Second, Khan's turn to philosophy can now be better understood. Khan's self-examination does not result in any truths. Rather it results in a question (if not "stutter"): "How is one to foster an optimal blend of competition and cooperation in society and in theorizing about that society, to control self-interest and to acknowledge the possibility of self-deception, to prevent one particular picture overshadowing the composite, putting the analyst and the analyzed, the theorist and theorized, on the same plane of existence so that an ethics of theorizing, rather than a narrative of self-serving or group-serving domination, can emerge?"
In 2004 Khan's was an untimely question; economics was in the middle of its great bull run taking credit for the great moderation and, in the process, becoming the technocratic elite in which we put our blind trust. (Recall that in 2004 the most powerful economist of the next decade, Bernanke, stated "improved monetary policy has likely made an important contribution not only to the reduced volatility of inflation (which is not particularly controversial) but to the reduced volatility of output as well," (see here).)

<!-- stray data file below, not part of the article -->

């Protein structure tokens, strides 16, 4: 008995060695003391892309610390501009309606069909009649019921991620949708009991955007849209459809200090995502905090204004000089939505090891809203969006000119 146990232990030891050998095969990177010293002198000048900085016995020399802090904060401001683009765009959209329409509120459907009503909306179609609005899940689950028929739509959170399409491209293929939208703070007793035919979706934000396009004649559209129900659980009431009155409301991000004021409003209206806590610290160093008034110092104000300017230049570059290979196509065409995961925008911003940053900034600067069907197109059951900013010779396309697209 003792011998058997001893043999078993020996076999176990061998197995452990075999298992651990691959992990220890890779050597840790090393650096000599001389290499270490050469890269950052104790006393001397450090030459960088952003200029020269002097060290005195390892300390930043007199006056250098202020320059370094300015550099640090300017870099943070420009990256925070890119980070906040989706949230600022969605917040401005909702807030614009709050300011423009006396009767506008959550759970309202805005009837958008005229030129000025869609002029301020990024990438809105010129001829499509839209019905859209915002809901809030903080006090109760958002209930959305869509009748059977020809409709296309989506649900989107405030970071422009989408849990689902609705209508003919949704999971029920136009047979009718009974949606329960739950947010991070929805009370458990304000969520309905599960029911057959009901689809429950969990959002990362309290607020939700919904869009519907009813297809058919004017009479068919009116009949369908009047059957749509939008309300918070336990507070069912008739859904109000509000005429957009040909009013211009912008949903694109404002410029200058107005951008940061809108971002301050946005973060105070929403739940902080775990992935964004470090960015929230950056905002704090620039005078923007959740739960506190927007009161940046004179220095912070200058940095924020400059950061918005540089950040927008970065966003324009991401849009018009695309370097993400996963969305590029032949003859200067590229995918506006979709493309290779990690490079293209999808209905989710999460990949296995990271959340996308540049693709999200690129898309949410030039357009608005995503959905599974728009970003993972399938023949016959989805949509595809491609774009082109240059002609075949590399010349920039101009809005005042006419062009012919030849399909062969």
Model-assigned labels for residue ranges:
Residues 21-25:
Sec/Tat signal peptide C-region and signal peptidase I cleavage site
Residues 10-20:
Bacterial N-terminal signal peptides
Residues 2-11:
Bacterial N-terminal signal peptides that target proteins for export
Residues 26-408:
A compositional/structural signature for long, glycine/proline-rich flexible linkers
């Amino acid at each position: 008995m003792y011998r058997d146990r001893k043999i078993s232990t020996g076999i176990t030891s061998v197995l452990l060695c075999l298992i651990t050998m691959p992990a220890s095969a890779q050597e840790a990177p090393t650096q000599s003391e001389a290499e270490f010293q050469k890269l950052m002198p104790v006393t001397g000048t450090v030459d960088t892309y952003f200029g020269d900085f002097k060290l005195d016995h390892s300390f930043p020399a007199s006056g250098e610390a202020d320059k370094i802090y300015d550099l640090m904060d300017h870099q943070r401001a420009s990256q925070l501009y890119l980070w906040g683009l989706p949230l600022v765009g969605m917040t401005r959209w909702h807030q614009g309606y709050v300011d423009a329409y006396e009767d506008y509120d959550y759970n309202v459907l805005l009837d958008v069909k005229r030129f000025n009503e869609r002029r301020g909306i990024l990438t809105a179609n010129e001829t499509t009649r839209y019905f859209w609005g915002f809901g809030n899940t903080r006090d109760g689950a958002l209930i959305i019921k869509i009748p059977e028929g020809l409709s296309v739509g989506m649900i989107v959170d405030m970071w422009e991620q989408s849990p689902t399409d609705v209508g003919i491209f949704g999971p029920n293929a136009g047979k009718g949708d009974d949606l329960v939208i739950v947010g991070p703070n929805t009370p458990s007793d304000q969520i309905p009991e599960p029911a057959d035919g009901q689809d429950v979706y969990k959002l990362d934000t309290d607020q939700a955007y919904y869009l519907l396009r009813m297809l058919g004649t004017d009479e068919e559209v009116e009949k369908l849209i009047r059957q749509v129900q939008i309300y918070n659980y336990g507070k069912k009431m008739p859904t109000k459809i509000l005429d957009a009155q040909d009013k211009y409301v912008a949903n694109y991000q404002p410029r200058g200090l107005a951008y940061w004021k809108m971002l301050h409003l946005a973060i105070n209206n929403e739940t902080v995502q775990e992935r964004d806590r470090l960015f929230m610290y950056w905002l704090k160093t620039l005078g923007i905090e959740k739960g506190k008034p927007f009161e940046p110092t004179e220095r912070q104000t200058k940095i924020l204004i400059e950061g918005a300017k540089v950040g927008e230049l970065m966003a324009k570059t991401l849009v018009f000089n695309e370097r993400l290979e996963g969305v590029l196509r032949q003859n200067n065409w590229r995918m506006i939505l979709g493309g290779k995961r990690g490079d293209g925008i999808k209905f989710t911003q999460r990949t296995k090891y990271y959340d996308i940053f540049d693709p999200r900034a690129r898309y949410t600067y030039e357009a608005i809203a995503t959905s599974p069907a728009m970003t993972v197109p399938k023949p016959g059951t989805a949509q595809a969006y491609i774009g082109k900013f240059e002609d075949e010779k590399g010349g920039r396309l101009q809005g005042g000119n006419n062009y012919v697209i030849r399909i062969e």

I have gone on too long, so I will pass over for now Marshall's sense of the limitations of economic science (and how this sense gets transformed in Friedman's and Khan's not quite opposing, but also not quite agreeing hands), that is, when "silence" is demanded from the economist-as-engineer (cf. this post). Rather I close with the observation that it is Marshall (and not his critics) that calls attention to the "bent of mind" that both "led our lawyers to impose English civil law on the Hindoos" and "our economists to work out their theories on the tacit supposition that the world was made up of city men." This "bent" is identified with the idea that man is a regarded "so to speak" as a "constant quantity." Marshall tactfully leaves the military violence that precedes and accompanies the lawyer's imposition silent. In the gaps of his "stutter," Khan's essay tactfully points at the often legal violence that precedes and accompanies the policy-economist's actions.